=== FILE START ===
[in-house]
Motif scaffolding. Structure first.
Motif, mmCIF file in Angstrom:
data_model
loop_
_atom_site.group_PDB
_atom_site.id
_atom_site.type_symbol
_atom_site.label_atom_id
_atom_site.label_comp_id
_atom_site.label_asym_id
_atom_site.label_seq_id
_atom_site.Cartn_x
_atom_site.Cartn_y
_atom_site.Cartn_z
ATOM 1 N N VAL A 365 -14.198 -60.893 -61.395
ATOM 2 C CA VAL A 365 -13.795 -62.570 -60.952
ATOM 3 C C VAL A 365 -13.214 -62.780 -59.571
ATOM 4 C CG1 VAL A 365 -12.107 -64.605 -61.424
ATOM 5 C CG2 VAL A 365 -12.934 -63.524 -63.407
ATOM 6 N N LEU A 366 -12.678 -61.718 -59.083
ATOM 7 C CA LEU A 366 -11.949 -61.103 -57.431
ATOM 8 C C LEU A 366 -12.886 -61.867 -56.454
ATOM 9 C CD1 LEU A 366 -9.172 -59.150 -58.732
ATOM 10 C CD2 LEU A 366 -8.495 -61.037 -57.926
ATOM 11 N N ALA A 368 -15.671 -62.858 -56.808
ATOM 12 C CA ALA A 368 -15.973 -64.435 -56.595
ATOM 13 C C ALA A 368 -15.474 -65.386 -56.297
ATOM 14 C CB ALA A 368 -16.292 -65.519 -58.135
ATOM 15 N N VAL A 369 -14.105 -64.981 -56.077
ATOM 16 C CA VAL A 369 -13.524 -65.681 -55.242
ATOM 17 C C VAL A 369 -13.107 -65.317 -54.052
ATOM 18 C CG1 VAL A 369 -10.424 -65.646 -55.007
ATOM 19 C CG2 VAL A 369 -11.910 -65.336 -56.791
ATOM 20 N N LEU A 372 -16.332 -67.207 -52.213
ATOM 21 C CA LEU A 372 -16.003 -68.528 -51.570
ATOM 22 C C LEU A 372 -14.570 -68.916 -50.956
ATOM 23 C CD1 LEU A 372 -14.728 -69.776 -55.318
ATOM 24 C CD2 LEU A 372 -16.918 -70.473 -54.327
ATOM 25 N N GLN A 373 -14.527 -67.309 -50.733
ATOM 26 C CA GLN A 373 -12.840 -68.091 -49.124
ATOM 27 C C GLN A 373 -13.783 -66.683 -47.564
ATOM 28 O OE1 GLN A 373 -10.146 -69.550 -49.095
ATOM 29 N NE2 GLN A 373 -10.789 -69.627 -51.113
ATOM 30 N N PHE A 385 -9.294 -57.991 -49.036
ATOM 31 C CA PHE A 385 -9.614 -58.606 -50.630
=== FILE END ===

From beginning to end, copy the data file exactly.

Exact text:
[in-house]
Motif scaffolding. Structure first.
Motif, mmCIF file in Angstrom:
data_model
loop_
_atom_site.group_PDB
_atom_site.id
_atom_site.type_symbol
_atom_site.label_atom_id
_atom_site.label_comp_id
_atom_site.label_asym_id
_atom_site.label_seq_id
_atom_site.Cartn_x
_atom_site.Cartn_y
_atom_site.Cartn_z
ATOM 1 N N VAL A 365 -14.198 -60.893 -61.395
ATOM 2 C CA VAL A 365 -13.795 -62.570 -60.952
ATOM 3 C C VAL A 365 -13.214 -62.780 -59.571
ATOM 4 C CG1 VAL A 365 -12.107 -64.605 -61.424
ATOM 5 C CG2 VAL A 365 -12.934 -63.524 -63.407
ATOM 6 N N LEU A 366 -12.678 -61.718 -59.083
ATOM 7 C CA LEU A 366 -11.949 -61.103 -57.431
ATOM 8 C C LEU A 366 -12.886 -61.867 -56.454
ATOM 9 C CD1 LEU A 366 -9.172 -59.150 -58.732
ATOM 10 C CD2 LEU A 366 -8.495 -61.037 -57.926
ATOM 11 N N ALA A 368 -15.671 -62.858 -56.808
ATOM 12 C CA ALA A 368 -15.973 -64.435 -56.595
ATOM 13 C C ALA A 368 -15.474 -65.386 -56.297
ATOM 14 C CB ALA A 368 -16.292 -65.519 -58.135
ATOM 15 N N VAL A 369 -14.105 -64.981 -56.077
ATOM 16 C CA VAL A 369 -13.524 -65.681 -55.242
ATOM 17 C C VAL A 369 -13.107 -65.317 -54.052
ATOM 18 C CG1 VAL A 369 -10.424 -65.646 -55.007
ATOM 19 C CG2 VAL A 369 -11.910 -65.336 -56.791
ATOM 20 N N LEU A 372 -16.332 -67.207 -52.213
ATOM 21 C CA LEU A 372 -16.003 -68.528 -51.570
ATOM 22 C C LEU A 372 -14.570 -68.916 -50.956
ATOM 23 C CD1 LEU A 372 -14.728 -69.776 -55.318
ATOM 24 C CD2 LEU A 372 -16.918 -70.473 -54.327
ATOM 25 N N GLN A 373 -14.527 -67.309 -50.733
ATOM 26 C CA GLN A 373 -12.840 -68.091 -49.124
ATOM 27 C C GLN A 373 -13.783 -66.683 -47.564
ATOM 28 O OE1 GLN A 373 -10.146 -69.550 -49.095
ATOM 29 N NE2 GLN A 373 -10.789 -69.627 -51.113
ATOM 30 N N PHE A 385 -9.294 -57.991 -49.036
ATOM 31 C CA PHE A 385 -9.614 -58.606 -50.630